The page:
"I'm totally unworried about ANC and EFF propaganda on land expropriation. It has nothing to do with land, it's about the ANC losing elections," says political analyst Moeletsi Mbeki.
He was speaking at a Nation of Conversation panel discussion as part of the Nampo Harvest Day in Bothaville.
"This is not about land. It is about the loss of votes by the ANC and its little son, the EFF. They think they can bring back the voters who are abandoning the ANC by attacking the white population. It's an attack on the white citizens of South Africa. They're using this as a camouflage to attack the white population.
"It is supported and reinforced by the famous black racist, Mr [Julius] Malema, who is very eloquent. Malema is actually now leading the ANC's election campaign by attacking white people."
Mbeki added that the party was making a mistake building its election campaign around land as black voters were far more economically literate than they were credited for.
"They're not interested in race issues, they're interested in what's happening the economy. The reason they're abandoning the ANC is precisely because its economic policies have failed. In fact, the ANC's economic policies have led to the deindustrialisation of the economy," he said.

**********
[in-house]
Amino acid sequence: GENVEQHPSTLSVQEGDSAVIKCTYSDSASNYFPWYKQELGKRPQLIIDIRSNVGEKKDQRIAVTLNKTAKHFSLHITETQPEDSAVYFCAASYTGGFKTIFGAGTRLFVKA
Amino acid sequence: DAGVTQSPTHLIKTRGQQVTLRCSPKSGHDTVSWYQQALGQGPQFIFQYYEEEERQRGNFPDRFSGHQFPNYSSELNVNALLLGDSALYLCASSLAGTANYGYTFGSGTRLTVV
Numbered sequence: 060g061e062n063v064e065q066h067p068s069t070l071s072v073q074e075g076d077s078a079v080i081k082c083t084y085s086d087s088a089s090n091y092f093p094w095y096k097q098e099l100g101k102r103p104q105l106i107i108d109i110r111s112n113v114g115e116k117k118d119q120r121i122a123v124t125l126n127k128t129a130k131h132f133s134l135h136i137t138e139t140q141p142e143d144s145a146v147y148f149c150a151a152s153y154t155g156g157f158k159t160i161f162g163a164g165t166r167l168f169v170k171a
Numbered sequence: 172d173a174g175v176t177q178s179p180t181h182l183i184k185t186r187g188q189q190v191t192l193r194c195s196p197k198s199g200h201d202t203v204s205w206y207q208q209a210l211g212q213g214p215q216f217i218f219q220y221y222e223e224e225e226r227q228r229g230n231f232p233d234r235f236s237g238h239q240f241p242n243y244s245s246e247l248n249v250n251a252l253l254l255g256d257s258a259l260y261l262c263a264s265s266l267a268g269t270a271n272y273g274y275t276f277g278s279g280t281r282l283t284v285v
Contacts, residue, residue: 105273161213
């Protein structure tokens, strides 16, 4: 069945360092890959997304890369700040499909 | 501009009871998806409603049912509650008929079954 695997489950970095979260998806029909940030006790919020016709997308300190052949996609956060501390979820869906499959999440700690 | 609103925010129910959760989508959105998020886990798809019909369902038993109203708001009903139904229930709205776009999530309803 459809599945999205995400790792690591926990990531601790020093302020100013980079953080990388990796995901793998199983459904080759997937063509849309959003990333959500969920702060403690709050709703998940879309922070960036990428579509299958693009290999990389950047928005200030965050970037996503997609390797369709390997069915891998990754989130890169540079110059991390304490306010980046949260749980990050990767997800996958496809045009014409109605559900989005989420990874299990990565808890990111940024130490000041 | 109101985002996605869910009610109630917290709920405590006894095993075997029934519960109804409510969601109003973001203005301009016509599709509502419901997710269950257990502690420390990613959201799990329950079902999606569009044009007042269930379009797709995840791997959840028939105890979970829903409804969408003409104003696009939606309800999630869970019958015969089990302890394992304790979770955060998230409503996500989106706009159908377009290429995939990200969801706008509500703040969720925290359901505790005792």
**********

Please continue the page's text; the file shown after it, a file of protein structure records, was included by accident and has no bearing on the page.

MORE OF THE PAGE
DA chief whip John Steenhuisen said that the agriculture sector has taken a massive battering in the last decade in terms of the drought and it was exacerbated by poor policy implementation, creating a massive sense of uncertainty in the last few years of the Jacob Zuma presidency.
"Government must not see commercial agriculture as the bogey man. They're doing incredible work, far more than government, in empowering small farmers," he said.
AfriForum's Kallie Kriel, who was also part of the panel, said he did not have the luxury of not worrying about ANC's stance around land reform, as his experience with government has been that they make many promises about protecting everyone's right but don't follow through.
"At the moment, there's an official ANC policy to expropriate without compensation. There's reason for us to take this seriously, not to be alarmist, but to take it seriously and say what can we do to stop this from going ahead. Are we going to sit back and hope for the best? I don't think that's the best way to do it.
"If you're going to say we want to promote expropriation without compensation, you are acting against the interests of the country. To go elsewhere to stop us becoming Zimbabwe or Cuba, that is an act of patriotism. Of course, there will be people whose blood pressure rises when we do that, but so be it. This is in the interest of the people."